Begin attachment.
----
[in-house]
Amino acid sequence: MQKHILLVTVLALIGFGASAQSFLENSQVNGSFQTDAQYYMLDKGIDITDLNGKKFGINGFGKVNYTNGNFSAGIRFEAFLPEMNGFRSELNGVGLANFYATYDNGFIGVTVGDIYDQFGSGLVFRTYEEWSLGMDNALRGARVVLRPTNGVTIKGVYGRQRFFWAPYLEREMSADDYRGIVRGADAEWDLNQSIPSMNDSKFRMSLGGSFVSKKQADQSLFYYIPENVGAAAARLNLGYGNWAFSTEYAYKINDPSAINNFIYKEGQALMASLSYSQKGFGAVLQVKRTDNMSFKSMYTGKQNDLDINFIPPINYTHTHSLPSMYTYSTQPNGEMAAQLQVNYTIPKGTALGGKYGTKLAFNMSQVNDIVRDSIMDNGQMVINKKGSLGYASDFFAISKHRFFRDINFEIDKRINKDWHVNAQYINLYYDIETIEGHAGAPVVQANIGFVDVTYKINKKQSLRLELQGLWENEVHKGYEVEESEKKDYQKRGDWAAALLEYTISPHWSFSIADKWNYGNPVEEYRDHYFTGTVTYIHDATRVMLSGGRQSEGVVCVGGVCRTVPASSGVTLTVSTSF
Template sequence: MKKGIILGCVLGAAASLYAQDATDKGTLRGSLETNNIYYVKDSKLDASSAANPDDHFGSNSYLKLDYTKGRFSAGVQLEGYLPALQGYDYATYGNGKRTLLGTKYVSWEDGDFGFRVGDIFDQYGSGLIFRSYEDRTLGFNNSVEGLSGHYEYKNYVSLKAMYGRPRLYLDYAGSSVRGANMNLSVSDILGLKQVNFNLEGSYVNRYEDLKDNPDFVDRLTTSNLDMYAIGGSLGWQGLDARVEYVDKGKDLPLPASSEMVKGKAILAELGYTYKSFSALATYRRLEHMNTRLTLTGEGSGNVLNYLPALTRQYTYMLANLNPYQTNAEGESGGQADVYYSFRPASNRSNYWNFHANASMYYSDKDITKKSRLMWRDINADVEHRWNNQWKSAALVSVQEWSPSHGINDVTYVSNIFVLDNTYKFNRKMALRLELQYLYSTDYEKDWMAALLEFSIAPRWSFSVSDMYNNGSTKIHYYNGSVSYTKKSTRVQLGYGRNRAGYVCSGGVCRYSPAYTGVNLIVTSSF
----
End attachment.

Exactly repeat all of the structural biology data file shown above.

[in-house]
Amino acid sequence: MQKHILLVTVLALIGFGASAQSFLENSQVNGSFQTDAQYYMLDKGIDITDLNGKKFGINGFGKVNYTNGNFSAGIRFEAFLPEMNGFRSELNGVGLANFYATYDNGFIGVTVGDIYDQFGSGLVFRTYEEWSLGMDNALRGARVVLRPTNGVTIKGVYGRQRFFWAPYLEREMSADDYRGIVRGADAEWDLNQSIPSMNDSKFRMSLGGSFVSKKQADQSLFYYIPENVGAAAARLNLGYGNWAFSTEYAYKINDPSAINNFIYKEGQALMASLSYSQKGFGAVLQVKRTDNMSFKSMYTGKQNDLDINFIPPINYTHTHSLPSMYTYSTQPNGEMAAQLQVNYTIPKGTALGGKYGTKLAFNMSQVNDIVRDSIMDNGQMVINKKGSLGYASDFFAISKHRFFRDINFEIDKRINKDWHVNAQYINLYYDIETIEGHAGAPVVQANIGFVDVTYKINKKQSLRLELQGLWENEVHKGYEVEESEKKDYQKRGDWAAALLEYTISPHWSFSIADKWNYGNPVEEYRDHYFTGTVTYIHDATRVMLSGGRQSEGVVCVGGVCRTVPASSGVTLTVSTSF
Template sequence: MKKGIILGCVLGAAASLYAQDATDKGTLRGSLETNNIYYVKDSKLDASSAANPDDHFGSNSYLKLDYTKGRFSAGVQLEGYLPALQGYDYATYGNGKRTLLGTKYVSWEDGDFGFRVGDIFDQYGSGLIFRSYEDRTLGFNNSVEGLSGHYEYKNYVSLKAMYGRPRLYLDYAGSSVRGANMNLSVSDILGLKQVNFNLEGSYVNRYEDLKDNPDFVDRLTTSNLDMYAIGGSLGWQGLDARVEYVDKGKDLPLPASSEMVKGKAILAELGYTYKSFSALATYRRLEHMNTRLTLTGEGSGNVLNYLPALTRQYTYMLANLNPYQTNAEGESGGQADVYYSFRPASNRSNYWNFHANASMYYSDKDITKKSRLMWRDINADVEHRWNNQWKSAALVSVQEWSPSHGINDVTYVSNIFVLDNTYKFNRKMALRLELQYLYSTDYEKDWMAALLEFSIAPRWSFSVSDMYNNGSTKIHYYNGSVSYTKKSTRVQLGYGRNRAGYVCSGGVCRYSPAYTGVNLIVTSSF